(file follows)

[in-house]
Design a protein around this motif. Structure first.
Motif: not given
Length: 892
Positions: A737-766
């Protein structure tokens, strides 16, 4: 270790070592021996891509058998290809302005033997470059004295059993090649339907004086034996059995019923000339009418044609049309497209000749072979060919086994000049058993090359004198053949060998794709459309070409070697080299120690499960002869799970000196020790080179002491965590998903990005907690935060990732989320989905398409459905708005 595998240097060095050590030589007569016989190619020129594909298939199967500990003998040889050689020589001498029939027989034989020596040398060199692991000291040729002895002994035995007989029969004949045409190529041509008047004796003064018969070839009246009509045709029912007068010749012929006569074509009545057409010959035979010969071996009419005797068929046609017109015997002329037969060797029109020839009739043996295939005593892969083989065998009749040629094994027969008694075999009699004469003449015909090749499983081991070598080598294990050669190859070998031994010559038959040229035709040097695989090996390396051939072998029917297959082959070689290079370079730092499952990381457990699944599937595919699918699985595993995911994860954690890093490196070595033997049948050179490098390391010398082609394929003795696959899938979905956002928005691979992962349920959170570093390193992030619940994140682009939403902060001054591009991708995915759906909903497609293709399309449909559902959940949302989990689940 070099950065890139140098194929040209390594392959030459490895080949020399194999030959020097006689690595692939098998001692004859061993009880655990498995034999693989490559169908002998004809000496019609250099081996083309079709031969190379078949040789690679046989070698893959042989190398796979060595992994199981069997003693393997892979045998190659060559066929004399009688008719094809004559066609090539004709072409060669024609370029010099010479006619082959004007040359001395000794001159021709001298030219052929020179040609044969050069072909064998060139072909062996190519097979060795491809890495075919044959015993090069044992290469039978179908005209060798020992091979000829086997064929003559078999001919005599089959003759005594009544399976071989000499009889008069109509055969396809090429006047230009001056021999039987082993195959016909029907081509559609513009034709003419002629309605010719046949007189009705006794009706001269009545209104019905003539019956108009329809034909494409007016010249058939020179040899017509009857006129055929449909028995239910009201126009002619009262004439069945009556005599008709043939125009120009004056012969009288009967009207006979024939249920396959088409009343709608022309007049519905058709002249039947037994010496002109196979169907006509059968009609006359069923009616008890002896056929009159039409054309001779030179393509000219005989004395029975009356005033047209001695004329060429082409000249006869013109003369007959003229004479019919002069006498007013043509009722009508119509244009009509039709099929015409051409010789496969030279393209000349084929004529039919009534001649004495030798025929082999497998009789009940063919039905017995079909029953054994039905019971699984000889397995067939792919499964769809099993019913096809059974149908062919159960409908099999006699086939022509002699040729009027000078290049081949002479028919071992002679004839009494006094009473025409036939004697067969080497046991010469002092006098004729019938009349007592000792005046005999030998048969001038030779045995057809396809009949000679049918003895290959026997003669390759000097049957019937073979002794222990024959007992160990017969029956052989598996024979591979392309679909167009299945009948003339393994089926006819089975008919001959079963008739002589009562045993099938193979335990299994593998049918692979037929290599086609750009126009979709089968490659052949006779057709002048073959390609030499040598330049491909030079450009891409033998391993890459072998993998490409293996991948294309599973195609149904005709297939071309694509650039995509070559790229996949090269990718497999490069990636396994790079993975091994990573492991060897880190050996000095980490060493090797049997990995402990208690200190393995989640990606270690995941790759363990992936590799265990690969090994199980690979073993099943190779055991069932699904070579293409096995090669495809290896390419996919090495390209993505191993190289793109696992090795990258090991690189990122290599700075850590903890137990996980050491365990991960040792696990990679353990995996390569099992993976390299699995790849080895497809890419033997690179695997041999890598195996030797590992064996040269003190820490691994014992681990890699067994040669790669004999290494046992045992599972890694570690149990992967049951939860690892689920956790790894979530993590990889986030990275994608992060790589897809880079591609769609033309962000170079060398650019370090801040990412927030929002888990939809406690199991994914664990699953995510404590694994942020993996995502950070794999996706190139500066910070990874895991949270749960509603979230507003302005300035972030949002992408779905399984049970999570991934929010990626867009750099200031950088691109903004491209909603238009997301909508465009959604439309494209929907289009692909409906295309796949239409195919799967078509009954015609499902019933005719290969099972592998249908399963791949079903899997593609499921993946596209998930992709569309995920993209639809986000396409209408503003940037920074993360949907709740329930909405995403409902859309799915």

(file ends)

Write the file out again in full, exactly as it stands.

[in-house]
Design a protein around this motif. Structure first.
Motif: not given
Length: 892
Positions: A737-766
């Protein structure tokens, strides 16, 4: 270790070592021996891509058998290809302005033997470059004295059993090649339907004086034996059995019923000339009418044609049309497209000749072979060919086994000049058993090359004198053949060998794709459309070409070697080299120690499960002869799970000196020790080179002491965590998903990005907690935060990732989320989905398409459905708005 595998240097060095050590030589007569016989190619020129594909298939199967500990003998040889050689020589001498029939027989034989020596040398060199692991000291040729002895002994035995007989029969004949045409190529041509008047004796003064018969070839009246009509045709029912007068010749012929006569074509009545057409010959035979010969071996009419005797068929046609017109015997002329037969060797029109020839009739043996295939005593892969083989065998009749040629094994027969008694075999009699004469003449015909090749499983081991070598080598294990050669190859070998031994010559038959040229035709040097695989090996390396051939072998029917297959082959070689290079370079730092499952990381457990699944599937595919699918699985595993995911994860954690890093490196070595033997049948050179490098390391010398082609394929003795696959899938979905956002928005691979992962349920959170570093390193992030619940994140682009939403902060001054591009991708995915759906909903497609293709399309449909559902959940949302989990689940 070099950065890139140098194929040209390594392959030459490895080949020399194999030959020097006689690595692939098998001692004859061993009880655990498995034999693989490559169908002998004809000496019609250099081996083309079709031969190379078949040789690679046989070698893959042989190398796979060595992994199981069997003693393997892979045998190659060559066929004399009688008719094809004559066609090539004709072409060669024609370029010099010479006619082959004007040359001395000794001159021709001298030219052929020179040609044969050069072909064998060139072909062996190519097979060795491809890495075919044959015993090069044992290469039978179908005209060798020992091979000829086997064929003559078999001919005599089959003759005594009544399976071989000499009889008069109509055969396809090429006047230009001056021999039987082993195959016909029907081509559609513009034709003419002629309605010719046949007189009705006794009706001269009545209104019905003539019956108009329809034909494409007016010249058939020179040899017509009857006129055929449909028995239910009201126009002619009262004439069945009556005599008709043939125009120009004056012969009288009967009207006979024939249920396959088409009343709608022309007049519905058709002249039947037994010496002109196979169907006509059968009609006359069923009616008890002896056929009159039409054309001779030179393509000219005989004395029975009356005033047209001695004329060429082409000249006869013109003369007959003229004479019919002069006498007013043509009722009508119509244009009509039709099929015409051409010789496969030279393209000349084929004529039919009534001649004495030798025929082999497998009789009940063919039905017995079909029953054994039905019971699984000889397995067939792919499964769809099993019913096809059974149908062919159960409908099999006699086939022509002699040729009027000078290049081949002479028919071992002679004839009494006094009473025409036939004697067969080497046991010469002092006098004729019938009349007592000792005046005999030998048969001038030779045995057809396809009949000679049918003895290959026997003669390759000097049957019937073979002794222990024959007992160990017969029956052989598996024979591979392309679909167009299945009948003339393994089926006819089975008919001959079963008739002589009562045993099938193979335990299994593998049918692979037929290599086609750009126009979709089968490659052949006779057709002048073959390609030499040598330049491909030079450009891409033998391993890459072998993998490409293996991948294309599973195609149904005709297939071309694509650039995509070559790229996949090269990718497999490069990636396994790079993975091994990573492991060897880190050996000095980490060493090797049997990995402990208690200190393995989640990606270690995941790759363990992936590799265990690969090994199980690979073993099943190779055991069932699904070579293409096995090669495809290896390419996919090495390209993505191993190289793109696992090795990258090991690189990122290599700075850590903890137990996980050491365990991960040792696990990679353990995996390569099992993976390299699995790849080895497809890419033997690179695997041999890598195996030797590992064996040269003190820490691994014992681990890699067994040669790669004999290494046992045992599972890694570690149990992967049951939860690892689920956790790894979530993590990889986030990275994608992060790589897809880079591609769609033309962000170079060398650019370090801040990412927030929002888990939809406690199991994914664990699953995510404590694994942020993996995502950070794999996706190139500066910070990874895991949270749960509603979230507003302005300035972030949002992408779905399984049970999570991934929010990626867009750099200031950088691109903004491209909603238009997301909508465009959604439309494209929907289009692909409906295309796949239409195919799967078509009954015609499902019933005719290969099972592998249908399963791949079903899997593609499921993946596209998930992709569309995920993209639809986000396409209408503003940037920074993360949907709740329930909405995403409902859309799915």